Designs Northwest Architects designed a float home on Lake Union in Seattle, Washington.
The float was constructed in Vancouver, BC, and all structural connections had to be located beforehand. The float was moved down to the ship repair yards adjacent Gasworks Park and the home construction was done there. Upon completion, the home was towed across Lake Union by tug and set into its permanent location.
The Villiot Float Home is situated on Lake Union, and inhabits what was one of the last unoccupied slips.
The Seattle Houseboat and Float Home community is unique: the residents share access and live in close proximity to one another, yet there is a community diversity that is unrivaled. Some of this stems from the fact that the community was not developed at any one time, while some can be attributed to the immensity of style that adorns these homes (you don’t see a ton of fabric architecture here).
The location challenge is creating a home that has some sense of the history of place. The existing homes do little to set parameters, giving unlimited freedom, but a freedom that must be melded, not exploited.
As with all Float Homes, spatial limitation provides an opportunity for creative solutions.
The original intent of the client was to ‘fit in’ with some of the surrounding neighbors by mimicking the craftsman style that is most prominent (though by no means exclusive). After walking the locks, however, it was decided that the craftsman style had been imposed on the wharf. A more natural reference to the past would be to emulate the marina warehouses that have adorned the docks for centuries with little change in appearance. These large, box-like structures dominate the Seattle waterfront and reflect the utilitarian roots of Seattle and men like: Doc Maynard, Arthur Denny, and Ivar Haglund.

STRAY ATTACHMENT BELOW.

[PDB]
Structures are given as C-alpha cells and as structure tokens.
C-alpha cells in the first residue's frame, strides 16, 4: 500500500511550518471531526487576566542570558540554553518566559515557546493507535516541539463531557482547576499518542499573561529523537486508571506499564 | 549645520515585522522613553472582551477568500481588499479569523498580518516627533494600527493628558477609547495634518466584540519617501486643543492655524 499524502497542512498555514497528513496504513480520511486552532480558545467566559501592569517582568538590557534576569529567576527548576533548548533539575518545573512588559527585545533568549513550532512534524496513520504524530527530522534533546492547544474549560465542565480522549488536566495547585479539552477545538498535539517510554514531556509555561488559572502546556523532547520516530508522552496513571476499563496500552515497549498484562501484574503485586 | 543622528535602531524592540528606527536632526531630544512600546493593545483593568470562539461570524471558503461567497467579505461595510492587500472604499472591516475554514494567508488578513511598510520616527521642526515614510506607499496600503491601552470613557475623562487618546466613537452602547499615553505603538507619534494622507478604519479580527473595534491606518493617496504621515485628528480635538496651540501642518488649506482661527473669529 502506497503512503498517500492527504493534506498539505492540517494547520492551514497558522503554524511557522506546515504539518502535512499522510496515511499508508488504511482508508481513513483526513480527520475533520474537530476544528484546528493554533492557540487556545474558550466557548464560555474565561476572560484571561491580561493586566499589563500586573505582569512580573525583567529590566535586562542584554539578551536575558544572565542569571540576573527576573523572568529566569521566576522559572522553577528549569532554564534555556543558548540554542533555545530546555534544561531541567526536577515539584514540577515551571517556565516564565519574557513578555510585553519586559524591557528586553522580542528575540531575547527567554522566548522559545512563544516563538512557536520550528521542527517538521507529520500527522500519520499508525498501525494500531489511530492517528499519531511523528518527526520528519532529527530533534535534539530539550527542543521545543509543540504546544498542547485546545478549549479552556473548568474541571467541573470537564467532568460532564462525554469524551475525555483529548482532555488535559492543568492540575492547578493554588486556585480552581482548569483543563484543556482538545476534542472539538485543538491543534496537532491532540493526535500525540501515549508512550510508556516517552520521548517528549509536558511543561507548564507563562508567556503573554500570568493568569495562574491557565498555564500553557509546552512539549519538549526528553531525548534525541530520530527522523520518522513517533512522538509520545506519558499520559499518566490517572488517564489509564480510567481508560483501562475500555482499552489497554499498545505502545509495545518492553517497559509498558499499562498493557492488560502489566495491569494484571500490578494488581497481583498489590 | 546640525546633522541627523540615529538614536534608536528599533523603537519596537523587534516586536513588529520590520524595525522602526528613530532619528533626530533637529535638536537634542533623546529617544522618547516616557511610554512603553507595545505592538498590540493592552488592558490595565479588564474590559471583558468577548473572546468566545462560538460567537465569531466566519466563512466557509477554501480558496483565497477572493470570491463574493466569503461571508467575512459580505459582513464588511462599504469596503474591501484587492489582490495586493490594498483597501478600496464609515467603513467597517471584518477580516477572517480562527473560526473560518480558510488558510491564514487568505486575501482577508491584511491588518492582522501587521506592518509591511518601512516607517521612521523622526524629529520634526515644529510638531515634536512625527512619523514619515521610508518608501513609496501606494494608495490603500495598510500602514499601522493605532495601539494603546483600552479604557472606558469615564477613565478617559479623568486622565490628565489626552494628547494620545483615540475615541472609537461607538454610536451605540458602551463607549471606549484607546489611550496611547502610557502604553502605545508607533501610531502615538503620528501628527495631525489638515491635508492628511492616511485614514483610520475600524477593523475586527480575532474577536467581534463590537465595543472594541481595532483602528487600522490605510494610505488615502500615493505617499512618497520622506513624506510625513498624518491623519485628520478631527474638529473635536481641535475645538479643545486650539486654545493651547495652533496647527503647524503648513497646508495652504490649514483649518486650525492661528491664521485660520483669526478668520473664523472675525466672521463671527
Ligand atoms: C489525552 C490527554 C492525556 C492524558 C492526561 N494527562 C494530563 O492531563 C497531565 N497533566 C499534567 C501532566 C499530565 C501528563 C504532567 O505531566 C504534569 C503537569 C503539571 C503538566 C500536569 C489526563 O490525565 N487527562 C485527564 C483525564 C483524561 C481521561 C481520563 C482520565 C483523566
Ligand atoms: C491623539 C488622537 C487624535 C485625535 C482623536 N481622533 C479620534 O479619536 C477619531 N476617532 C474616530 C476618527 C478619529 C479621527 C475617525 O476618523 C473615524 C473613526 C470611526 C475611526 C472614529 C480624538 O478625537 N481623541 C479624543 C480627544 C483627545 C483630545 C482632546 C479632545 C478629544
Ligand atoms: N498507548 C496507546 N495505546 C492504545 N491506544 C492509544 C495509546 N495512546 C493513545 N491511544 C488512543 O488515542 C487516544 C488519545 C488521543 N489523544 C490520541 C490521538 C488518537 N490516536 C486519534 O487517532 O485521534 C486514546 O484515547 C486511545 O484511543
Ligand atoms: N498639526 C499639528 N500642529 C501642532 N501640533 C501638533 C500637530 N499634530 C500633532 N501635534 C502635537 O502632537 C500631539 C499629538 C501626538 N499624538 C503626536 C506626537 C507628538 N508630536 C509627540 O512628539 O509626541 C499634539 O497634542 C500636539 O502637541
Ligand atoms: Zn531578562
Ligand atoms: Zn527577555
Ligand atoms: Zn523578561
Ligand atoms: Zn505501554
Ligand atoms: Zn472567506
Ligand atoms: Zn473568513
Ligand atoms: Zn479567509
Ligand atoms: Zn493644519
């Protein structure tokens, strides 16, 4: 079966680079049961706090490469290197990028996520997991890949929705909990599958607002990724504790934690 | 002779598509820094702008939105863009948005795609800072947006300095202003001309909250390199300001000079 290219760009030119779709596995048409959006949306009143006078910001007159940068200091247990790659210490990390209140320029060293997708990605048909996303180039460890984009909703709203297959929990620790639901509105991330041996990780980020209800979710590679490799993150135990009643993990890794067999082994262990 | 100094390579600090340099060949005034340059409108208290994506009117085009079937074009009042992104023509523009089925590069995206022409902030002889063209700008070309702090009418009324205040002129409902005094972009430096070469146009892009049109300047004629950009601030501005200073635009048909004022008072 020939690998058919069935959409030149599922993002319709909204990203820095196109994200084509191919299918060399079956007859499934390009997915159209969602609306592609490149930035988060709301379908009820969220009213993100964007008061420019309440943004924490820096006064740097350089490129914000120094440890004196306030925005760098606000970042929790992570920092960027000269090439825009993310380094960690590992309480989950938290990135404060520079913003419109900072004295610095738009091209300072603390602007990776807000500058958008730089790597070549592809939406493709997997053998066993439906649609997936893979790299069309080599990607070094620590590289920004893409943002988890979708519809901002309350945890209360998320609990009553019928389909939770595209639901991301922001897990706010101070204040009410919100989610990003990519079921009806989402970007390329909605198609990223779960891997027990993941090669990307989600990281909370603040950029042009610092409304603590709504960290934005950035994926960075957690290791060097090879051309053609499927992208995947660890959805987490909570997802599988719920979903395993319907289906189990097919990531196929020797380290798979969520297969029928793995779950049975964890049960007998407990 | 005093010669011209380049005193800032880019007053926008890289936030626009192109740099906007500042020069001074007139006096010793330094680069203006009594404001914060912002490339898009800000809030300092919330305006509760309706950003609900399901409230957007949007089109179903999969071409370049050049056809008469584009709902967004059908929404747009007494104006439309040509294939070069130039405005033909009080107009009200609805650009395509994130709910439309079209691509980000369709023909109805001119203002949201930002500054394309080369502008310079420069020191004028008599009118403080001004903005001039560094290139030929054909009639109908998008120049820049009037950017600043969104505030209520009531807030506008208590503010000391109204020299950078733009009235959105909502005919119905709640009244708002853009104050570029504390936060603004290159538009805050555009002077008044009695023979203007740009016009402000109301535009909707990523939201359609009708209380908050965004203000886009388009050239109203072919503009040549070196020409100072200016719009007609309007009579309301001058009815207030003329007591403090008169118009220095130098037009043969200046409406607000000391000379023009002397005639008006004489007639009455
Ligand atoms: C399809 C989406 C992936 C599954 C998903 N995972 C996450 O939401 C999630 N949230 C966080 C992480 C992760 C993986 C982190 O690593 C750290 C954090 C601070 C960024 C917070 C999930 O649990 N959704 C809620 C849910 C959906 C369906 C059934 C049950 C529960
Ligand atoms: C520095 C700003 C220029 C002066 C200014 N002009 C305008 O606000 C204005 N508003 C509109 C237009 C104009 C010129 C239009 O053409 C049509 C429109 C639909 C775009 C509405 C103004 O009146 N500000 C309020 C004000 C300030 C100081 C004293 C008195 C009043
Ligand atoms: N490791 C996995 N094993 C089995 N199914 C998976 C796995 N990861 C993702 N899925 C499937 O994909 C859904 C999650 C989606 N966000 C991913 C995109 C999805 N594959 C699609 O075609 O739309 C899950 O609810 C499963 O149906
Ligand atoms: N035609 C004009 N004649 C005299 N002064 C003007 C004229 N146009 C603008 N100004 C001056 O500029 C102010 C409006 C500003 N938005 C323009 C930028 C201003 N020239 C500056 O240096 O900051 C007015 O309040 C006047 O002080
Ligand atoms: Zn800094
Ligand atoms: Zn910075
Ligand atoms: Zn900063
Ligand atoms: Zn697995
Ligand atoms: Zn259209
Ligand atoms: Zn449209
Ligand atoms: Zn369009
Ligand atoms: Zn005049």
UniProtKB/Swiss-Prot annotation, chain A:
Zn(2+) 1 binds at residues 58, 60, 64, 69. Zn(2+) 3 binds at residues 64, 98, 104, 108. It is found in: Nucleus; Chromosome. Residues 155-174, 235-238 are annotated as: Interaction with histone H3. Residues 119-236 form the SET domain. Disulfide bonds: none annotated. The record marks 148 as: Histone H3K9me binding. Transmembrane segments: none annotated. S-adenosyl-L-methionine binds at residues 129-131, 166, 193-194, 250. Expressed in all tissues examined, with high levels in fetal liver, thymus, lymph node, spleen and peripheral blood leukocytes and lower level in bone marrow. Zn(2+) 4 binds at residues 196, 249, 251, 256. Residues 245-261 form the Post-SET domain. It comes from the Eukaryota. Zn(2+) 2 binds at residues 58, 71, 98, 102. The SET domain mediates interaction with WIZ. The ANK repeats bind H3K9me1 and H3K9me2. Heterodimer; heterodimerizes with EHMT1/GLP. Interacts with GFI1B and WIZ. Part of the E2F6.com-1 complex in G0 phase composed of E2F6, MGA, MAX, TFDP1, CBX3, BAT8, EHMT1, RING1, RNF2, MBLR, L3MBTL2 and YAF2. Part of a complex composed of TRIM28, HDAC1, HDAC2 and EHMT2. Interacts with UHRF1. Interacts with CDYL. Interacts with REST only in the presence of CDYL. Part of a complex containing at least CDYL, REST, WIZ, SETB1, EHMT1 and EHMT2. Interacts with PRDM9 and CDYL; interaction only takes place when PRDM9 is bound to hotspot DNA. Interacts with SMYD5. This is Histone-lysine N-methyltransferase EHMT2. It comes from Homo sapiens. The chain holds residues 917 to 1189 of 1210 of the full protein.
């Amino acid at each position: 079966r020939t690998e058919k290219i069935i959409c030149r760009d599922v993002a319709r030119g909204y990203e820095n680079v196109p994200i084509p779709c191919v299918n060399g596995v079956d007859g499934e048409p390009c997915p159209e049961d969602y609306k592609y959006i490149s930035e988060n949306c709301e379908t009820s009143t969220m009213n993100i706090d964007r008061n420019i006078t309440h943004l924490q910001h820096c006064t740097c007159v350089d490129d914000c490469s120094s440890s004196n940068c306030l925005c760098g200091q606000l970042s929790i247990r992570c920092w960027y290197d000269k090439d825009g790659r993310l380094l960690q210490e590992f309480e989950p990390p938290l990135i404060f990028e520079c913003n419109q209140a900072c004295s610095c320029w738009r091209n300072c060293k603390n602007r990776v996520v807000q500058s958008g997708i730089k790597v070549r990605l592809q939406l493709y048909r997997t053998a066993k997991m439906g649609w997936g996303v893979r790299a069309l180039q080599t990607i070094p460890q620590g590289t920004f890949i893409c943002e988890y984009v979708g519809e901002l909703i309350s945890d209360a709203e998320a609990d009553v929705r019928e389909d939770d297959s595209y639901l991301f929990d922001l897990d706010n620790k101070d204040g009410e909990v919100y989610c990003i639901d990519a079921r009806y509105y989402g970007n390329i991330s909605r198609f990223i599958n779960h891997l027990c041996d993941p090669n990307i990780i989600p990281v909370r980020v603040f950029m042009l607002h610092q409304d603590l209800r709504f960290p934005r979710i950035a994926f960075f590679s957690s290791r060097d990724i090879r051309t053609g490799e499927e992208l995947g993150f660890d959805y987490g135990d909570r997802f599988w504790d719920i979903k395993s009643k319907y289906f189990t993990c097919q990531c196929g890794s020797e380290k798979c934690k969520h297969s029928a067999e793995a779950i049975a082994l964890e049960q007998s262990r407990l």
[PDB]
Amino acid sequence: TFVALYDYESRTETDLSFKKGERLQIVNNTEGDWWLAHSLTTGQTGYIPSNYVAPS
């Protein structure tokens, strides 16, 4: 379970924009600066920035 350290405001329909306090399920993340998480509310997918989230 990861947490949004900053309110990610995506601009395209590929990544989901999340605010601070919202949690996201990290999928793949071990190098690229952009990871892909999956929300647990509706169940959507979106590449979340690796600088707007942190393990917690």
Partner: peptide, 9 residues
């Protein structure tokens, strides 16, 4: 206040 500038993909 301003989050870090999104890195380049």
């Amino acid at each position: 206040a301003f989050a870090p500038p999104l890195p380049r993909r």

The ‘wharf aesthetic’ drove the exterior detailing to an industrial end, and the owner-contractor dubbed his home ‘The Floating Cannery’ by the end of the project. The exterior cages, including one around the roof access spiral stair, reinforce the warehouse approach. The vertical banding is reminiscent of crates that are loaded on to barges in the port, while the Trespa panels add warmth to the façade.
The straightforward ideals of the home called for a simple layout. The lower floor was kept open by keeping all solid structure on the exterior walls. The stair that connects the lower floor to the upper is a centrally supported with a single wide flange and allows sight lines to remain intact. The whole level connects to the exterior by way of glass overhead doors.
The upper level is a personal retreat, private from the adjacent homes through the use of small punch windows, with large expansive views out toward the water. The scale of the home allows for additional spaces such as a laundry room and guest suite.
The roof deck is accessible from a ground floor spiral stair, as well as a ships ladder from the master deck. This space is a nice outdoor retreat with beautiful views back toward the city.
The simple forms created by the exterior shape melded well with the modern lifestyle. The main floors were finished in a polished concrete which house radiant floor heat. The materials on the main floor were chosen to reflect the urban location. Mill finish steel was used for the structure and the stairs, Glue Lam floor joists with 2×6 Hem Fir wood decking was used for the floors. This mix of industrial warehouse and urban loft gives the house a distinctive feel of richness.
Dan Nelson AIA – Principal Architect
Susan Broll – Interior Designer
Visit the website of Designs Northwest Architects – here.